Woolwich Plan Managers – Woolwich Capital Growth Plan


Woolwich Capital Growth Plan

Type: Guaranteed equity bond

Aim: Growth linked to the performance of the FTSE 100 index

Minimum-maximum investment: £3,000-£500.000 Isa £7,000

Term: Six years

Return: 25% growth on initial investment or 50% growth in the FTSE 100 index

Guarantee: Original capital returned in full regardless of performance of index

Closing date: April 16, 2004, April 2, 2004 for Isa/Pep transfers

Commission: Initial 3%

Tel: 0845 070 5087

The Woolwich capital growth plan is a guaranteed equity bond linked to the FTSE 100 index for six years, providing growth of either 25 per cent of the original investment or 50 per cent growth in the index.

HHPG director Mike Gilbey thinks this is a well presented product that should do well in the current market place despite its lack of bells and whistles. He says: “The Woolwich capital growth plan is highly suited to the current market sentiments for those looking for medium-term, lower risk capital growth &#45 for example, school fees planning or supplementary lump sum retirement planning. The literature has a nice &#39comfortable&#39 appearance and the presentation is very good, with clear risk warnings without being alarmist.”

Gilbey notices that the important dates are clear and thinks that even the small print is not that small. However, one criticism he makes is that the literature is a little too much, with numerous repetitions. On the other hand he sees some merit in this allows for easy referencing when presenting or dipping in and out of the literature.

Gilbey is also critical of the 12 month averaging which he says is unduly long in the current economic environment. He explains: “The final 12 months have potentially the best growth prospects and should be maximized. While some averaging &#45 say over the last three or six months &#45 is desirable to minimise the effect of a sudden stock market crash, 12 months of averaging is unduly pessimistic bearing in mind the protected nature of the product.” He also thinks the literature could provide a better explanation of how the product works.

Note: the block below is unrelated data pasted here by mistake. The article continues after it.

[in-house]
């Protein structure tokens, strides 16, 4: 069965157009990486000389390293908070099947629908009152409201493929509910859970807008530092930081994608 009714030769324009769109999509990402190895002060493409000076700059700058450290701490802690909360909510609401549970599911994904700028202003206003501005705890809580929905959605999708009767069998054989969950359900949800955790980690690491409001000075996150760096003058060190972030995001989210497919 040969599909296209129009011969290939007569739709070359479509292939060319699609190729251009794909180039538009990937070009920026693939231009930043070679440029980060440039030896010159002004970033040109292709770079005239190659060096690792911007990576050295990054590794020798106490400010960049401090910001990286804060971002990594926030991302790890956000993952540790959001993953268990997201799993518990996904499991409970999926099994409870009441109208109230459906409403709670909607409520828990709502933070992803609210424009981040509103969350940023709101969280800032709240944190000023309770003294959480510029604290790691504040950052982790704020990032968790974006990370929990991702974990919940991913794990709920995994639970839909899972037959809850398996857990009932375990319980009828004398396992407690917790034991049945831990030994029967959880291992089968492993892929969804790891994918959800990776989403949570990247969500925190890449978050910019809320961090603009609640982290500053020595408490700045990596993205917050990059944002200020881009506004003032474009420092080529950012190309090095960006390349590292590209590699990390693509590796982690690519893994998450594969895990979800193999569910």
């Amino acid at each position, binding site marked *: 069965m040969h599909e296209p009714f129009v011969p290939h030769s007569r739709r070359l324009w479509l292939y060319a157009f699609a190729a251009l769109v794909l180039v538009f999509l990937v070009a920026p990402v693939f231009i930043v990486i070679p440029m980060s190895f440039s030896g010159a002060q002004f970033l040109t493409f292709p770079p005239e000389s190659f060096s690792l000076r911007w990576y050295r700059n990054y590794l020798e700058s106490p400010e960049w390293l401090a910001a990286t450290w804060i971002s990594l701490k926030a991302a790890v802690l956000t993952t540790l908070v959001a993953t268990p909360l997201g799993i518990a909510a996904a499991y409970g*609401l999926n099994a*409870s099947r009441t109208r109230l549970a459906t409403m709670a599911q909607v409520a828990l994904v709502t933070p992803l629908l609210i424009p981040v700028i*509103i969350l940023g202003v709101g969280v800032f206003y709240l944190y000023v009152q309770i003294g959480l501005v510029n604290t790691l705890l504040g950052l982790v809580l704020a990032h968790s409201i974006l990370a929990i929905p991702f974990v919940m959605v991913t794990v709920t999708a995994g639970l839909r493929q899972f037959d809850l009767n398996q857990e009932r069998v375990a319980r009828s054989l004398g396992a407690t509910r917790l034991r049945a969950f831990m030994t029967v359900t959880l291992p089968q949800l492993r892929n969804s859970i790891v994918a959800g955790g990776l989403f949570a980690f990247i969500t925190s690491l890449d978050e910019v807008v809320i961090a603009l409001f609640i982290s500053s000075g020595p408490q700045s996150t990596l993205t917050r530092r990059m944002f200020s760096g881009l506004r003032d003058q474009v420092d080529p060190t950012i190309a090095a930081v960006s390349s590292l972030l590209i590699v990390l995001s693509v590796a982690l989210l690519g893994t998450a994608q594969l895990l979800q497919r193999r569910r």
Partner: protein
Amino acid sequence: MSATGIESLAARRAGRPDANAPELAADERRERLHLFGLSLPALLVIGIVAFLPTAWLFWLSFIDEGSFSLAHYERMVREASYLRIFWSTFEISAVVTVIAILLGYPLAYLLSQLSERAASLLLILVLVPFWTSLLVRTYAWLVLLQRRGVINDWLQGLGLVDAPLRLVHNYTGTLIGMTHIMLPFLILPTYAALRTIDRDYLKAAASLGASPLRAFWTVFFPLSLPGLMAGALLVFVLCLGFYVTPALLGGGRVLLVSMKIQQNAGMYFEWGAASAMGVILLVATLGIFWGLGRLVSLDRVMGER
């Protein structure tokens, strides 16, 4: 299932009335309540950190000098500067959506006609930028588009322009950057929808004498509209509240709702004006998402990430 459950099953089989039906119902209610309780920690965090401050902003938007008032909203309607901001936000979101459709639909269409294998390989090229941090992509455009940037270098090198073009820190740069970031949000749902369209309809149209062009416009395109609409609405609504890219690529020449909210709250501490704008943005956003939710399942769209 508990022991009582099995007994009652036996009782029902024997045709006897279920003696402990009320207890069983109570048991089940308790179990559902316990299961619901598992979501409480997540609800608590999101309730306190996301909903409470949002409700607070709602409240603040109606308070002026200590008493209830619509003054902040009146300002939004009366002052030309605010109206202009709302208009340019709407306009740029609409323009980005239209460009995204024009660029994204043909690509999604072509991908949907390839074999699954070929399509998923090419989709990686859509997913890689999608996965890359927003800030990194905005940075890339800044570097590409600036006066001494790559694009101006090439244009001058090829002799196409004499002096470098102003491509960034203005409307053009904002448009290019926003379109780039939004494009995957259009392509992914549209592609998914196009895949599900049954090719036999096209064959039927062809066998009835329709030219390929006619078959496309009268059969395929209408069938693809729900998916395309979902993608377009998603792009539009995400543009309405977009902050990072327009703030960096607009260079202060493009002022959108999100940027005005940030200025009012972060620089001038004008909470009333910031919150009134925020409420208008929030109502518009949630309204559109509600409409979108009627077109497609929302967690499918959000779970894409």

Gilbey mention early partial encashment is not allowed and feels the affect of an investor&#39s death is glossed over. He adds: “Partial encashment flexibility can be overcome for larger investments by making multiple applications but death is difficult to overcome. Both could be better presented with some worked examples.”

Looking at how this product will fare compared to its competitors Gilbey says: “There is a rush of similar FTSE 100TM tracker products currently available which are targeting the Isa season. Some of the Woolwich&#39s competitors, such as Nvesta offer 105 per cent of FTSE 100 index returns to partially compensate for loss of dividend income and an early close option. The early close feature is highly attractive to lower risk investors and appears in many products now. In addition there are the life assurance-based secure and protected funds all competing for the capital growth funds currently available.

“The more interesting competitors are those currently offering a combination of indexes to track, for example the FTSE 100 and Halifax House Price indices, such as the new GE Life capital secure investment plan. The idea appears to be to try to offer negatively correlated asset classes to provide a quasi portfolio structure in one product.”


Suitability to market: Average
Investment strategy: Average
Charges: Average
Adviser remuneration: Average

Overall 7/10